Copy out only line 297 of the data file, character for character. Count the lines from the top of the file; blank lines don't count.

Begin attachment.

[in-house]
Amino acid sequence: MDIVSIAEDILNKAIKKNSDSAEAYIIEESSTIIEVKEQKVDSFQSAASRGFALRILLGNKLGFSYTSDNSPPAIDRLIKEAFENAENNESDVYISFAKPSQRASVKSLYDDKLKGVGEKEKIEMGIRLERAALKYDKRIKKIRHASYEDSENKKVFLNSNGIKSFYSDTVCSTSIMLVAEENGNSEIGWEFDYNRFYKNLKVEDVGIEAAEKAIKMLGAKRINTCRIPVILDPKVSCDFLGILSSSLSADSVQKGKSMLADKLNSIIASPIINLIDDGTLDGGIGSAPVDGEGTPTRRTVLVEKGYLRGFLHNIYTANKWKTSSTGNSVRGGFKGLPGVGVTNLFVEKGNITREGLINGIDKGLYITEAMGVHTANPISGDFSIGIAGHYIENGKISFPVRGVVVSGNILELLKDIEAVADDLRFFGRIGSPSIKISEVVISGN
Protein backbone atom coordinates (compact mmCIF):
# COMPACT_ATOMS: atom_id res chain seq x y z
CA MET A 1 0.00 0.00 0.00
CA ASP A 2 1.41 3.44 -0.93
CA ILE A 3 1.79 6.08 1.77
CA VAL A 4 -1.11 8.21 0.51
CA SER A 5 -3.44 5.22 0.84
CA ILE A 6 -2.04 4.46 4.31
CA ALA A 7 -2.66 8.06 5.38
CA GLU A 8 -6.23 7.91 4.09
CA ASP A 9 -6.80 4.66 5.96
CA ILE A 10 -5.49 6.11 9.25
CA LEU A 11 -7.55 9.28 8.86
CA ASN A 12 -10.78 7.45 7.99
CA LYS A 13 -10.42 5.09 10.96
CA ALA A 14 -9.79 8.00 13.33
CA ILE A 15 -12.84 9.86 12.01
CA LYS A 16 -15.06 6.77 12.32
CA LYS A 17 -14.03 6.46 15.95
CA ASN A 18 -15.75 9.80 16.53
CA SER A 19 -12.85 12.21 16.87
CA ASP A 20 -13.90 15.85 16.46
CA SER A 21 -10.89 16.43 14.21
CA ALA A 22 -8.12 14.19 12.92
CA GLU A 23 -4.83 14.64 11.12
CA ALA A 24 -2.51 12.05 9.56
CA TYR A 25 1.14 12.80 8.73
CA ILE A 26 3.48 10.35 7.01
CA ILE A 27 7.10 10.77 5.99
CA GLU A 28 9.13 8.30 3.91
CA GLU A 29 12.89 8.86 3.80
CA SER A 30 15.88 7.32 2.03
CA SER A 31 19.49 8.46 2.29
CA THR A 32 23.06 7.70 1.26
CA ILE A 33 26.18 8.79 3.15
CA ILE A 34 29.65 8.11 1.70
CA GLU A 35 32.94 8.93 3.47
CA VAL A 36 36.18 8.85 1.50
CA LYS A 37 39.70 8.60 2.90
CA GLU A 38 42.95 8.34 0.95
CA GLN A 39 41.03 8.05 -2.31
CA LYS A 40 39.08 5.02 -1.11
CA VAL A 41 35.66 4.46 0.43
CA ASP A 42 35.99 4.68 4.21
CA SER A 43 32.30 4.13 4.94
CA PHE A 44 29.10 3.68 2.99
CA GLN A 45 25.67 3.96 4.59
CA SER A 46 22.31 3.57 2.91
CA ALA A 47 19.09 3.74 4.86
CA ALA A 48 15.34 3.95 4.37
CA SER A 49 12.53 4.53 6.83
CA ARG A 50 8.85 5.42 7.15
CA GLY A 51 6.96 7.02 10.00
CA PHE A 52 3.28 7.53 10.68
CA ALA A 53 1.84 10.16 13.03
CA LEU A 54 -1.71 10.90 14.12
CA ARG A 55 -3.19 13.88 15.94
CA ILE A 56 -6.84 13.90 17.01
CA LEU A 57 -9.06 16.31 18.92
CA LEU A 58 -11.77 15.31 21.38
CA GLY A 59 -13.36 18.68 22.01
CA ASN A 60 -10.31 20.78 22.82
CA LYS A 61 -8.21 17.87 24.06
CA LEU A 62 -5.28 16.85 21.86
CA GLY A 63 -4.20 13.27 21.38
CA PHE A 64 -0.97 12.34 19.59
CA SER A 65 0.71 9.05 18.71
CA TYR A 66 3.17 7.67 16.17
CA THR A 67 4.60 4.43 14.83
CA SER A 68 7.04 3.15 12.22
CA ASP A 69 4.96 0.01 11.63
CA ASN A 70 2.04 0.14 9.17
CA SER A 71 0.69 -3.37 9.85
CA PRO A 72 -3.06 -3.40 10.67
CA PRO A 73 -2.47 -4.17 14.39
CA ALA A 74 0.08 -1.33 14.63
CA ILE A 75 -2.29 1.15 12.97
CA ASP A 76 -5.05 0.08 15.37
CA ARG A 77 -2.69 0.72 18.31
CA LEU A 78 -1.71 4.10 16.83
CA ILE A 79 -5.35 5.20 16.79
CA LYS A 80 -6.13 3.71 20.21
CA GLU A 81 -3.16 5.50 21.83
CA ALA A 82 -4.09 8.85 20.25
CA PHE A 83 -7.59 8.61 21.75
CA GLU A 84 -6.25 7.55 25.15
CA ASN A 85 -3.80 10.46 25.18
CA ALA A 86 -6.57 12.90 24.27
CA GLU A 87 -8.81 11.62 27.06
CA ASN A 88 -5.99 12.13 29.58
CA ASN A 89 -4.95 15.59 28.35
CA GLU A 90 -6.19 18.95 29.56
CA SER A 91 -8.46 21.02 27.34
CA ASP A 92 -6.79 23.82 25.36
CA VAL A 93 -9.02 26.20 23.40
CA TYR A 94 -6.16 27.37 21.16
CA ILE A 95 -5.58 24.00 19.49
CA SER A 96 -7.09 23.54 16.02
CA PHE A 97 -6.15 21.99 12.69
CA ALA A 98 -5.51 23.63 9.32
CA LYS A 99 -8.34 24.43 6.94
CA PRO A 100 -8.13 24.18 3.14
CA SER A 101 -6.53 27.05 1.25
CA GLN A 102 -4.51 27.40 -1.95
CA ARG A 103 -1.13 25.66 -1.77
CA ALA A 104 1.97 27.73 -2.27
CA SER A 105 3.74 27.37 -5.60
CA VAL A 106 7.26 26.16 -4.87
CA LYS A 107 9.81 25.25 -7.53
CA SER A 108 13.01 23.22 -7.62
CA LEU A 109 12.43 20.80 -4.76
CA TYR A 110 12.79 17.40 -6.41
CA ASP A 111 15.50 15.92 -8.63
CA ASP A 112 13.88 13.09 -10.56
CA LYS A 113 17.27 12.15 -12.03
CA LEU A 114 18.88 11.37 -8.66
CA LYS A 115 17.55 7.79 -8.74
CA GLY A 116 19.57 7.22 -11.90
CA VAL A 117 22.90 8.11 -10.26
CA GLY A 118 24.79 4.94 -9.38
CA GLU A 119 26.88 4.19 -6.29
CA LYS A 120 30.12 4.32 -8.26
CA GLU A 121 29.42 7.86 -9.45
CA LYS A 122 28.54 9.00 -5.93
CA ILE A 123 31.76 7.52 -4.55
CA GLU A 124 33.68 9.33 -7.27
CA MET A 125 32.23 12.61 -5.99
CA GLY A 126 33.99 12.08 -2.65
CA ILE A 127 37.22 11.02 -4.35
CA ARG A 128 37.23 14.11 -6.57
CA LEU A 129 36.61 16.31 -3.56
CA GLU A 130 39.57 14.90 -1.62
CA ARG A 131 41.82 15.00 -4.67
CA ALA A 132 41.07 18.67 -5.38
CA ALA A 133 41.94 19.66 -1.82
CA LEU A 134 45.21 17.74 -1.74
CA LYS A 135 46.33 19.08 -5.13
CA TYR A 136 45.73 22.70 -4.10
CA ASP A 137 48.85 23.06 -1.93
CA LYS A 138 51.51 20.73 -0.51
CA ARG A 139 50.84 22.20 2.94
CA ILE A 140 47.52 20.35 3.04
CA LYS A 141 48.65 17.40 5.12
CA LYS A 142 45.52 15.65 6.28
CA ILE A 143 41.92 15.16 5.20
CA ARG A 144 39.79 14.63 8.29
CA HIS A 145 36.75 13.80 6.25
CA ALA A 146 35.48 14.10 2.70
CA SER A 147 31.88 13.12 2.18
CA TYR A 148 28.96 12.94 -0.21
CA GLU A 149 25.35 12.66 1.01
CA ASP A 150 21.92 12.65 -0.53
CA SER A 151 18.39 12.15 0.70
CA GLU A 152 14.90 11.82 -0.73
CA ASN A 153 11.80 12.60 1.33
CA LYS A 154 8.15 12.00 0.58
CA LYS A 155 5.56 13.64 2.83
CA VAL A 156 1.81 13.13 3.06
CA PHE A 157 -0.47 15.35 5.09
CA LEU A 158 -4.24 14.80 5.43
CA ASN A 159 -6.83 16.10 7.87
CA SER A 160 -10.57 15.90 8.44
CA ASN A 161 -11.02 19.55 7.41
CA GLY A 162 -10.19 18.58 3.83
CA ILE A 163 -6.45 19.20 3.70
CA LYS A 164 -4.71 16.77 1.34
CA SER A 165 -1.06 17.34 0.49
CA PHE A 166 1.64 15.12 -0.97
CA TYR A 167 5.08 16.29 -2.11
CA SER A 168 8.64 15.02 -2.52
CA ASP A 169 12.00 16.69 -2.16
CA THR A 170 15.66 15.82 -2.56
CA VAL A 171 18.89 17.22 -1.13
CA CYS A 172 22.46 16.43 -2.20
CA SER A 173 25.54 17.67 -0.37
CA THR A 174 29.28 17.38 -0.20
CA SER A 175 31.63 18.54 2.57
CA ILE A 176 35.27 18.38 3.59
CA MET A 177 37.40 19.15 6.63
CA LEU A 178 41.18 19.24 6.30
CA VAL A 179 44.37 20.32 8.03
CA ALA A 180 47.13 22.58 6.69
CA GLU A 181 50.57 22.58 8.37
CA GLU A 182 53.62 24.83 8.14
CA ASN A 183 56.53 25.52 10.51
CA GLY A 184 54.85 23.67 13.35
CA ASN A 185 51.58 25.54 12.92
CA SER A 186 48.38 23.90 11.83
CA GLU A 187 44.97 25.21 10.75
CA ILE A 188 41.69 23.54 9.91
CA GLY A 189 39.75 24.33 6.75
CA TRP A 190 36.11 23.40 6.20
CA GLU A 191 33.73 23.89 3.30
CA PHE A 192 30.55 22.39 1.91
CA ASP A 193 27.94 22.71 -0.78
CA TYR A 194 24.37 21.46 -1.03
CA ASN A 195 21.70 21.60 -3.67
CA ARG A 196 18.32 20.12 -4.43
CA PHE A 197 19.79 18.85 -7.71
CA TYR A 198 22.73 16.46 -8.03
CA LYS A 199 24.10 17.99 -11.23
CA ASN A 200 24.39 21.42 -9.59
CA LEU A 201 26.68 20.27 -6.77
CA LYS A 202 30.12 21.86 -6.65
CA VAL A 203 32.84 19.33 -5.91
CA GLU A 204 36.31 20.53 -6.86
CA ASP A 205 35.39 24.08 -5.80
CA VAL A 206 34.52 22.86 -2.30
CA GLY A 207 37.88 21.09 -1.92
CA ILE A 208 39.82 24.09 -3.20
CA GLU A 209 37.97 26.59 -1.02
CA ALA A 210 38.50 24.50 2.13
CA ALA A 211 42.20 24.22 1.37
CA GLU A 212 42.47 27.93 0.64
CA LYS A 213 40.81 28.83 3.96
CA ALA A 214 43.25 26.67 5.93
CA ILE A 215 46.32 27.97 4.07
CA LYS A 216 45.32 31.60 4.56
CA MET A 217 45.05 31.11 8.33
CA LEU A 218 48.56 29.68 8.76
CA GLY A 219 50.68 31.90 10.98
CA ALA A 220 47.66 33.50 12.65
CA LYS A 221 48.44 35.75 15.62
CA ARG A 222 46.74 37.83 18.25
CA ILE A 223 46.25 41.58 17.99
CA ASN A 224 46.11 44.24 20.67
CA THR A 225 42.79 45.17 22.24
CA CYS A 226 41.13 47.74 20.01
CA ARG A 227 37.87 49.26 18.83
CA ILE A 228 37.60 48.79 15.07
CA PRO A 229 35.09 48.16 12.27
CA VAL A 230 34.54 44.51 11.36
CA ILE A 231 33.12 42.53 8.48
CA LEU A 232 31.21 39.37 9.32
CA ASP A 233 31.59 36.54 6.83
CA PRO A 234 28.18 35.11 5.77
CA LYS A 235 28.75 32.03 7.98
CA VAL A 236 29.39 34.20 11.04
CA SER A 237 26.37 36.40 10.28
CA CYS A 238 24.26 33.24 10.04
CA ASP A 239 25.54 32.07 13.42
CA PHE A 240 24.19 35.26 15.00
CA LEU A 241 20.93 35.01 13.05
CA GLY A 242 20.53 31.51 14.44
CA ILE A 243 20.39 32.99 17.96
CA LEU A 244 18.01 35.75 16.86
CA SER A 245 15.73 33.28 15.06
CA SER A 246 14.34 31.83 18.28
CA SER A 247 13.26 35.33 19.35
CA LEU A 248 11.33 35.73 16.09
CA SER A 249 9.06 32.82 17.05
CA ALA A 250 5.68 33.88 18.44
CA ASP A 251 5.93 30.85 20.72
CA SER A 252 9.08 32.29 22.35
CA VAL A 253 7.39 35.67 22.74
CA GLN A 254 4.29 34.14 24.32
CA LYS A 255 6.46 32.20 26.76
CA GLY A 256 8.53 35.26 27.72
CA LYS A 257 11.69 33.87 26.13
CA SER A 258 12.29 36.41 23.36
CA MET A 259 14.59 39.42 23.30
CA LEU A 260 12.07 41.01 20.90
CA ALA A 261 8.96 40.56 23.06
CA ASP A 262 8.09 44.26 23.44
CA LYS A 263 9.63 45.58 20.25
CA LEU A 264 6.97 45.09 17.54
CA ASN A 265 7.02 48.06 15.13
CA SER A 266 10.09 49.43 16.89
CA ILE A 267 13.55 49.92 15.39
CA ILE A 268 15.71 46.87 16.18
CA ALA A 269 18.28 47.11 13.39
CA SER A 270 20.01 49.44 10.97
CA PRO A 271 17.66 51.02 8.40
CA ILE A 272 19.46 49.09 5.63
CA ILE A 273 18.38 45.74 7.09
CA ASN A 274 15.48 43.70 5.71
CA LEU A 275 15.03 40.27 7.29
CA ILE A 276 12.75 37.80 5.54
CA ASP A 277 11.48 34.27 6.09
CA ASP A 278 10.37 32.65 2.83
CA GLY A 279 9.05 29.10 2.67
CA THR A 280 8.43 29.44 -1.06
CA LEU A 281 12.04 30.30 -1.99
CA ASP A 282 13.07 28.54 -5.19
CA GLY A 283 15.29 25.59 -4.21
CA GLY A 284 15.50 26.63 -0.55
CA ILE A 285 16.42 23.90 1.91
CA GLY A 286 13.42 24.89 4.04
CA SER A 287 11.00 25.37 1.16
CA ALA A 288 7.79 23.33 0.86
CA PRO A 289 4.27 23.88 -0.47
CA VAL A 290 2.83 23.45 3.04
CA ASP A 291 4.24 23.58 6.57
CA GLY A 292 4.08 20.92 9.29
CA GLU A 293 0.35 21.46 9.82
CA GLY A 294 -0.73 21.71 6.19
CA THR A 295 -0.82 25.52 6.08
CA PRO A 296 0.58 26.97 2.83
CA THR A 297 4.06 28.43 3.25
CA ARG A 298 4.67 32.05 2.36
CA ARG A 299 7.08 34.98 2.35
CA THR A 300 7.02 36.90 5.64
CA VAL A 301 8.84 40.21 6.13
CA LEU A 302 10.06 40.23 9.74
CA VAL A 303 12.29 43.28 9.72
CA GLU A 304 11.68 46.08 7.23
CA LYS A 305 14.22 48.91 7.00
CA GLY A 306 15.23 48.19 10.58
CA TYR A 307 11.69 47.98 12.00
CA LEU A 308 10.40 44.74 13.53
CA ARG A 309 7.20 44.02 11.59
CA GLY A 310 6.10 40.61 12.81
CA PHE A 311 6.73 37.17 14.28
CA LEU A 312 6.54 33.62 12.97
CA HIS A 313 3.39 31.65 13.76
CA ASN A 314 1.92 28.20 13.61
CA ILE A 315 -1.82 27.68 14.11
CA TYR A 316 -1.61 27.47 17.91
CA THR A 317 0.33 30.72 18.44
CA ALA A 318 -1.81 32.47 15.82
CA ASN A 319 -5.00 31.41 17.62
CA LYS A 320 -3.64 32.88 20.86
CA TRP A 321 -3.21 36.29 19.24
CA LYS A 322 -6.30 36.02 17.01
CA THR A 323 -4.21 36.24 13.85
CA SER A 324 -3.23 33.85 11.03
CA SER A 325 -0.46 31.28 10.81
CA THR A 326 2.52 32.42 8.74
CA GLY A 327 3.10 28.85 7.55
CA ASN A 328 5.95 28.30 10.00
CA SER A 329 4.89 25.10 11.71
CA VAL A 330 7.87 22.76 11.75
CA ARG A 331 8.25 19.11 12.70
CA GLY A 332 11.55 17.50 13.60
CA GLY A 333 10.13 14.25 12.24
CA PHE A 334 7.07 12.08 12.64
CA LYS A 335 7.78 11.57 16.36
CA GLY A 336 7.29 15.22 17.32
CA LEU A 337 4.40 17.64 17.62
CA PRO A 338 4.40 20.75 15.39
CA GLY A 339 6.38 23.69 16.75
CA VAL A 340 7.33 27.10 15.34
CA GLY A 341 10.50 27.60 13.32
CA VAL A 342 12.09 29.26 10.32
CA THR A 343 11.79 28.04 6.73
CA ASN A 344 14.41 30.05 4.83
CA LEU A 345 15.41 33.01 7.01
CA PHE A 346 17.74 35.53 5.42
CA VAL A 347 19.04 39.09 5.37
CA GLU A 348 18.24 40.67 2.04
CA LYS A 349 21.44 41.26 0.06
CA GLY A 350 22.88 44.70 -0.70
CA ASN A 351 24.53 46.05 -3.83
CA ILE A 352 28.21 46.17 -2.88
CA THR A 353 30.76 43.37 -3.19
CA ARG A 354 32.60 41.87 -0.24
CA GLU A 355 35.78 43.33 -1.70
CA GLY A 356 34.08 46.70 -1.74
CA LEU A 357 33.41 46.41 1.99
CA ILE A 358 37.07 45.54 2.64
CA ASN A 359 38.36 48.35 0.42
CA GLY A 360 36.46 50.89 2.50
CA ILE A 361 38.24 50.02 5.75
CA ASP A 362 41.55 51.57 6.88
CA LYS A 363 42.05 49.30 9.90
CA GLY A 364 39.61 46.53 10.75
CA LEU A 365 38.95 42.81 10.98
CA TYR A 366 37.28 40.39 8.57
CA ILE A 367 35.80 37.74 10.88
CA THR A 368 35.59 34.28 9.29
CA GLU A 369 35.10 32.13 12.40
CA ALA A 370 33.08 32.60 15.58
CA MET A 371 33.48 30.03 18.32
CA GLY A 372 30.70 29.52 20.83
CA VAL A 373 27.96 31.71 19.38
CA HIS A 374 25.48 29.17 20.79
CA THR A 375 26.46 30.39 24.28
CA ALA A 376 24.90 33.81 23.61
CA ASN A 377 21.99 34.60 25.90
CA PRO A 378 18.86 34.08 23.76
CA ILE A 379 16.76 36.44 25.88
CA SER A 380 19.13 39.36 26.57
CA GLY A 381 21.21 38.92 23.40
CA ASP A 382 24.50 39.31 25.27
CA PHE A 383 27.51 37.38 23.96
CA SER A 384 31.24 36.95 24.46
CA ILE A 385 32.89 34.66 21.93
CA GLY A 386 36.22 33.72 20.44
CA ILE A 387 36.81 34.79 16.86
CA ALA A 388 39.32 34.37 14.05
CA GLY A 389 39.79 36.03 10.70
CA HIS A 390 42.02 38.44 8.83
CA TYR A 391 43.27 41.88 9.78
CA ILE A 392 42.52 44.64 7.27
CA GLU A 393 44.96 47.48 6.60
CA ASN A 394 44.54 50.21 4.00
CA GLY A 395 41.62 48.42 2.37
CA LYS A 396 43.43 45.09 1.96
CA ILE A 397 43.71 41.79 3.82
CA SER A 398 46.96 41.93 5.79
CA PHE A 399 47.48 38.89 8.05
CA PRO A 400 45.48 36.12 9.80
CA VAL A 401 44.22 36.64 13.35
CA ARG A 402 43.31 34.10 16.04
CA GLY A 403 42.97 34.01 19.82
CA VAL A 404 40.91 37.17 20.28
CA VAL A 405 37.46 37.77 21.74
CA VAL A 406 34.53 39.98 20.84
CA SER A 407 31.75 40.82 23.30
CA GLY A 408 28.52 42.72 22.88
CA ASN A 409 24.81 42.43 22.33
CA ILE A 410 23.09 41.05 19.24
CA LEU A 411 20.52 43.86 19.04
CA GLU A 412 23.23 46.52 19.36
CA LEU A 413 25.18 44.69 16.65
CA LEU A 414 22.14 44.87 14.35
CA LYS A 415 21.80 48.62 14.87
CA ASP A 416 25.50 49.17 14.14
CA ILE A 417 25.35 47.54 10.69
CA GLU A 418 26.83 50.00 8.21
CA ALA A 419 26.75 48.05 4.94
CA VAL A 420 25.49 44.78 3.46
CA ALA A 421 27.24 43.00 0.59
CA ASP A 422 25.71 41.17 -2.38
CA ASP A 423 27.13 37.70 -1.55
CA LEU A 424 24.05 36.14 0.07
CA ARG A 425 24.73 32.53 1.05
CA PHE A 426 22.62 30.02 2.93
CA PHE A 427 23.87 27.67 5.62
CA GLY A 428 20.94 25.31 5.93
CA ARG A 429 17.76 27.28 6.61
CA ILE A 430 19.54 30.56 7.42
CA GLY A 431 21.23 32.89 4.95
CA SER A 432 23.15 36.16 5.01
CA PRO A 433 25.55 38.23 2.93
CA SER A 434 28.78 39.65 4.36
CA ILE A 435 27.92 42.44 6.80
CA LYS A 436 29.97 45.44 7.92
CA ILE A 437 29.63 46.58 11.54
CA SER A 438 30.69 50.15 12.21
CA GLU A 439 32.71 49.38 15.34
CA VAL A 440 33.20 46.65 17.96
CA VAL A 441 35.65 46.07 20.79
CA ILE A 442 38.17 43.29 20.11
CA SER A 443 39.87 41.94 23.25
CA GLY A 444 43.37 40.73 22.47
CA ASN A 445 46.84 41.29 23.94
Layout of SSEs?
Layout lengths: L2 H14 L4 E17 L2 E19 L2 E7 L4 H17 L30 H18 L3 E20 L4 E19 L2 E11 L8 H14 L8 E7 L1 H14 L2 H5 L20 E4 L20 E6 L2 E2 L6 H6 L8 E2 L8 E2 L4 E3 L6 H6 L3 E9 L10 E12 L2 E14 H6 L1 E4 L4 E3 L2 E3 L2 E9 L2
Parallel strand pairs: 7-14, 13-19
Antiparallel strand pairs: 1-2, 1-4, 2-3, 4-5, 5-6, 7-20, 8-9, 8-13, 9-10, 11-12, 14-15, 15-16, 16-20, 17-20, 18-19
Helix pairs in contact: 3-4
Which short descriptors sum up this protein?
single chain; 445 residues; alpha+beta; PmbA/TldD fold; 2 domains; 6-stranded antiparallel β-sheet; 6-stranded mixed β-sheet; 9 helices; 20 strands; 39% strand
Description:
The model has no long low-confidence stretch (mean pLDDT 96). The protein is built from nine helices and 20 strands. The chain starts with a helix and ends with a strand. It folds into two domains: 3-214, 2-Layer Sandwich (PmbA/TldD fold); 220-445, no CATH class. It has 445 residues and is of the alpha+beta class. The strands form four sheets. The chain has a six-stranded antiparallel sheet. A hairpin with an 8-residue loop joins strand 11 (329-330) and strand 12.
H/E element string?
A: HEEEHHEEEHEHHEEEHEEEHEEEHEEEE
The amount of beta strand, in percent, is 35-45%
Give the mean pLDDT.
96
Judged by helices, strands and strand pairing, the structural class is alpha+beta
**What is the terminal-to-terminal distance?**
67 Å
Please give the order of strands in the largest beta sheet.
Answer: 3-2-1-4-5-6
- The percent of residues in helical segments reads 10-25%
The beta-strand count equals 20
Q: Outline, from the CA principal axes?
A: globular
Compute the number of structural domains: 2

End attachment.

CA GLU A 293 0.35 21.46 9.82